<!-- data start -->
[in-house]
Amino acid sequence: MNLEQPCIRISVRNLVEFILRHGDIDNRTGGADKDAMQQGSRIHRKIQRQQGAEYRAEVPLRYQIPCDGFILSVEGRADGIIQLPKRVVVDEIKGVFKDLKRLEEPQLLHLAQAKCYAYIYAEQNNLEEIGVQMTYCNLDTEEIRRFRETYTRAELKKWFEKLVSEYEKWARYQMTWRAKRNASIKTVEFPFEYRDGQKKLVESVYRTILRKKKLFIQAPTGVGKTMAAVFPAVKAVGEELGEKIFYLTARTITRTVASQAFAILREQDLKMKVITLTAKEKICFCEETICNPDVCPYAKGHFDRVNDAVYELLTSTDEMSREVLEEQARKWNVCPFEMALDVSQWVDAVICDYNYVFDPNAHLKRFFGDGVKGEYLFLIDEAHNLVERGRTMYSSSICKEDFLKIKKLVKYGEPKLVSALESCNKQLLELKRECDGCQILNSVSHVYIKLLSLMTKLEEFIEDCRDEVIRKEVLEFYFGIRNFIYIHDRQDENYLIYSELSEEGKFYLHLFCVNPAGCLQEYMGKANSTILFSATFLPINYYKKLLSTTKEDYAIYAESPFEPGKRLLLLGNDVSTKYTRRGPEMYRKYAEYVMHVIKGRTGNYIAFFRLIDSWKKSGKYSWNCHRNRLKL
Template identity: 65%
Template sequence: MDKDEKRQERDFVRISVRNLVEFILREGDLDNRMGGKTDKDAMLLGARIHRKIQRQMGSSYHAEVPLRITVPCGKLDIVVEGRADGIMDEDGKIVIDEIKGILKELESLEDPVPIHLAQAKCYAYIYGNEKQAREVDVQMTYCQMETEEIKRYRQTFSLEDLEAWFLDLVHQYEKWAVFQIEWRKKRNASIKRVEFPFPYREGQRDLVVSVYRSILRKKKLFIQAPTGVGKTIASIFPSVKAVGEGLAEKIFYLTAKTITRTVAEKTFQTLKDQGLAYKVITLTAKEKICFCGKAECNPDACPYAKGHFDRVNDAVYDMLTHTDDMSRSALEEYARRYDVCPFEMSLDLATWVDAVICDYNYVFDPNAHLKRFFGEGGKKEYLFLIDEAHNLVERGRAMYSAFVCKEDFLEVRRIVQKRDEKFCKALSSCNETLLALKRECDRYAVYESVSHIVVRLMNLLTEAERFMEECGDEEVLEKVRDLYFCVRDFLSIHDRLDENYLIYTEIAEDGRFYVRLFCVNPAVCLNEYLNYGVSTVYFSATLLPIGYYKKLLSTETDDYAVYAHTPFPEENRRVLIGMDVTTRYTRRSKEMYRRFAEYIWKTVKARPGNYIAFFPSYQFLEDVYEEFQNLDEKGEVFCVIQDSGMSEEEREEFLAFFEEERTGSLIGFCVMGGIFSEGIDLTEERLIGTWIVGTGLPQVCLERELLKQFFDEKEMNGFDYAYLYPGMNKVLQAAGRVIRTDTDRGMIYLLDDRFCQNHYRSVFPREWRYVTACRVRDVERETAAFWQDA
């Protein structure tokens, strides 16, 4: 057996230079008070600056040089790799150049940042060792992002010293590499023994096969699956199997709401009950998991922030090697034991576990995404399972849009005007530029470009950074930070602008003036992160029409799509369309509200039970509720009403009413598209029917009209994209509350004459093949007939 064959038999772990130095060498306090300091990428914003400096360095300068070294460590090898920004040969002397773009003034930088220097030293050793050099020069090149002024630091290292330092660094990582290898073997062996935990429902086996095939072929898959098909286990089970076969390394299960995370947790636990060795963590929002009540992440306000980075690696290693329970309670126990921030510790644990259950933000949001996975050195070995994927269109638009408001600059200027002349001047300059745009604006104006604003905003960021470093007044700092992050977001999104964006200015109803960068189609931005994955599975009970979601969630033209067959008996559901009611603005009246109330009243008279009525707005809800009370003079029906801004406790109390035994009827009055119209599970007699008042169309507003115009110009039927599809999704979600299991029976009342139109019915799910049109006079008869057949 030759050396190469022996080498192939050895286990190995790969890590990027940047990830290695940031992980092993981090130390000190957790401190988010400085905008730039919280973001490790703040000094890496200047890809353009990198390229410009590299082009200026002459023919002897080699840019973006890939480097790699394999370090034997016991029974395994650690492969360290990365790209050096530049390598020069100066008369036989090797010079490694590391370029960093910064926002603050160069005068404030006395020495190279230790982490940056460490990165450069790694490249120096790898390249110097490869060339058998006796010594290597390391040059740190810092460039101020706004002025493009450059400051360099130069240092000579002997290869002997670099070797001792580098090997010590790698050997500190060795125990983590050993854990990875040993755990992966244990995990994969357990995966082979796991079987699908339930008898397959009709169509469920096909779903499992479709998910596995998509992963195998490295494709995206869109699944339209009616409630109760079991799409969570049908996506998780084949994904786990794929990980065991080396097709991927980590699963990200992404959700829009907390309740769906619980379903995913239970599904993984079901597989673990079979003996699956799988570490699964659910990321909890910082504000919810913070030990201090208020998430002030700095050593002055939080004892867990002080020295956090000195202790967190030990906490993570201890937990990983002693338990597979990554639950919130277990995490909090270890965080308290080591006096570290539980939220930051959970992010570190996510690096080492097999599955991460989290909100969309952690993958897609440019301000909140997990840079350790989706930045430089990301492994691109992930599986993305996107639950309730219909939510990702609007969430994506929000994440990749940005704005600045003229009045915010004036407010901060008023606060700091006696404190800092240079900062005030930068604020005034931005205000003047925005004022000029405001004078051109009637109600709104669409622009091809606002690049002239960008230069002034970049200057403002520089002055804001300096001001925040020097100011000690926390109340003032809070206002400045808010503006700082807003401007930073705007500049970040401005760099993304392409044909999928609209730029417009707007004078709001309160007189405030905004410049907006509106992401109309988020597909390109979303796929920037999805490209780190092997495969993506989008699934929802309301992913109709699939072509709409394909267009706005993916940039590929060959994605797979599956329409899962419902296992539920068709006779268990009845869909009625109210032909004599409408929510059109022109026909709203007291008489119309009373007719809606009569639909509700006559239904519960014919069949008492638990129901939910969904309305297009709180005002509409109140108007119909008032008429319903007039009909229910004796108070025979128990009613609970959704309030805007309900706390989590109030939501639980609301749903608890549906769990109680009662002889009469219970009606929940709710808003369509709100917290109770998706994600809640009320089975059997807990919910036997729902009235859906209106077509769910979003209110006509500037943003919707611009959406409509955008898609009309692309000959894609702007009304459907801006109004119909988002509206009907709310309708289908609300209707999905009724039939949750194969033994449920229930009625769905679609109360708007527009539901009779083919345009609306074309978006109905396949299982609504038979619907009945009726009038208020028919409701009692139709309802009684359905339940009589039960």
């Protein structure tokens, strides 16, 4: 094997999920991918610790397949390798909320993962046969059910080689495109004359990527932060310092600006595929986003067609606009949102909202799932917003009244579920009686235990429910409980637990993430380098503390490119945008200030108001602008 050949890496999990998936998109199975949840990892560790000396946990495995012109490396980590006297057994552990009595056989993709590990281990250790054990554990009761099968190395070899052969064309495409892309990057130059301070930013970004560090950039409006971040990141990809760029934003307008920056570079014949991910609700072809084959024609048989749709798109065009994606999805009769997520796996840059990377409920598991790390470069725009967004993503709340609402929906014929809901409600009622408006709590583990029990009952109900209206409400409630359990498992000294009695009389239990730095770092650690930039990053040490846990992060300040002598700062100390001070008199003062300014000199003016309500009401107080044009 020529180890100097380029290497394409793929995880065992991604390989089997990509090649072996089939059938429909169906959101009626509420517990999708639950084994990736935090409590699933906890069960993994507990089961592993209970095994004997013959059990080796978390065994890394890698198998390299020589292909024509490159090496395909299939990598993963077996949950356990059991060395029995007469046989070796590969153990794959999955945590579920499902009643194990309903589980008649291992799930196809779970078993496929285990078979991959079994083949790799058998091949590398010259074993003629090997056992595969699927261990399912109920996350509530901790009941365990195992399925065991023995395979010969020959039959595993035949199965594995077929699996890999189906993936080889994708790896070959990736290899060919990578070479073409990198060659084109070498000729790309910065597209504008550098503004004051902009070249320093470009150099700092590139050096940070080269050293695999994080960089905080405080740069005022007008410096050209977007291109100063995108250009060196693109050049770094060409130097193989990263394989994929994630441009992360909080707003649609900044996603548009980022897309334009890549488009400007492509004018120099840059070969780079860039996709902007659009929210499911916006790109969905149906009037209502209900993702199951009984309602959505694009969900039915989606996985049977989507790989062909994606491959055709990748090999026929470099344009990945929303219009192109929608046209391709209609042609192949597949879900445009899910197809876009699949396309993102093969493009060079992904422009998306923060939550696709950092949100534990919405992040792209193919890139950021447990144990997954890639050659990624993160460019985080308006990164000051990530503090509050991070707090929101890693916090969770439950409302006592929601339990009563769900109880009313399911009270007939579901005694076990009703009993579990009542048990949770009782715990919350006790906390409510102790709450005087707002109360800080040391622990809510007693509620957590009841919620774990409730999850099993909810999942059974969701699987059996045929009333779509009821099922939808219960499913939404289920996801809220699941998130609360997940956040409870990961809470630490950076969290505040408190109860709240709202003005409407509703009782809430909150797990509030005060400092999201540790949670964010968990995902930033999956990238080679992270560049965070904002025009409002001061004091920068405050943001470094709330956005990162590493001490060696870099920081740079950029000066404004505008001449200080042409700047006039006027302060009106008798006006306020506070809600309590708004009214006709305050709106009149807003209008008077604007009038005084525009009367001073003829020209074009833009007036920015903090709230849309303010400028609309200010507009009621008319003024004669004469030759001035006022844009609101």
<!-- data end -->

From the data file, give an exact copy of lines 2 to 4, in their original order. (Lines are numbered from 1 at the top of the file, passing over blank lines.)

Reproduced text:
Amino acid sequence: MNLEQPCIRISVRNLVEFILRHGDIDNRTGGADKDAMQQGSRIHRKIQRQQGAEYRAEVPLRYQIPCDGFILSVEGRADGIIQLPKRVVVDEIKGVFKDLKRLEEPQLLHLAQAKCYAYIYAEQNNLEEIGVQMTYCNLDTEEIRRFRETYTRAELKKWFEKLVSEYEKWARYQMTWRAKRNASIKTVEFPFEYRDGQKKLVESVYRTILRKKKLFIQAPTGVGKTMAAVFPAVKAVGEELGEKIFYLTARTITRTVASQAFAILREQDLKMKVITLTAKEKICFCEETICNPDVCPYAKGHFDRVNDAVYELLTSTDEMSREVLEEQARKWNVCPFEMALDVSQWVDAVICDYNYVFDPNAHLKRFFGDGVKGEYLFLIDEAHNLVERGRTMYSSSICKEDFLKIKKLVKYGEPKLVSALESCNKQLLELKRECDGCQILNSVSHVYIKLLSLMTKLEEFIEDCRDEVIRKEVLEFYFGIRNFIYIHDRQDENYLIYSELSEEGKFYLHLFCVNPAGCLQEYMGKANSTILFSATFLPINYYKKLLSTTKEDYAIYAESPFEPGKRLLLLGNDVSTKYTRRGPEMYRKYAEYVMHVIKGRTGNYIAFFRLIDSWKKSGKYSWNCHRNRLKL
Template identity: 65%
Template sequence: MDKDEKRQERDFVRISVRNLVEFILREGDLDNRMGGKTDKDAMLLGARIHRKIQRQMGSSYHAEVPLRITVPCGKLDIVVEGRADGIMDEDGKIVIDEIKGILKELESLEDPVPIHLAQAKCYAYIYGNEKQAREVDVQMTYCQMETEEIKRYRQTFSLEDLEAWFLDLVHQYEKWAVFQIEWRKKRNASIKRVEFPFPYREGQRDLVVSVYRSILRKKKLFIQAPTGVGKTIASIFPSVKAVGEGLAEKIFYLTAKTITRTVAEKTFQTLKDQGLAYKVITLTAKEKICFCGKAECNPDACPYAKGHFDRVNDAVYDMLTHTDDMSRSALEEYARRYDVCPFEMSLDLATWVDAVICDYNYVFDPNAHLKRFFGEGGKKEYLFLIDEAHNLVERGRAMYSAFVCKEDFLEVRRIVQKRDEKFCKALSSCNETLLALKRECDRYAVYESVSHIVVRLMNLLTEAERFMEECGDEEVLEKVRDLYFCVRDFLSIHDRLDENYLIYTEIAEDGRFYVRLFCVNPAVCLNEYLNYGVSTVYFSATLLPIGYYKKLLSTETDDYAVYAHTPFPEENRRVLIGMDVTTRYTRRSKEMYRRFAEYIWKTVKARPGNYIAFFPSYQFLEDVYEEFQNLDEKGEVFCVIQDSGMSEEEREEFLAFFEEERTGSLIGFCVMGGIFSEGIDLTEERLIGTWIVGTGLPQVCLERELLKQFFDEKEMNGFDYAYLYPGMNKVLQAAGRVIRTDTDRGMIYLLDDRFCQNHYRSVFPREWRYVTACRVRDVERETAAFWQDA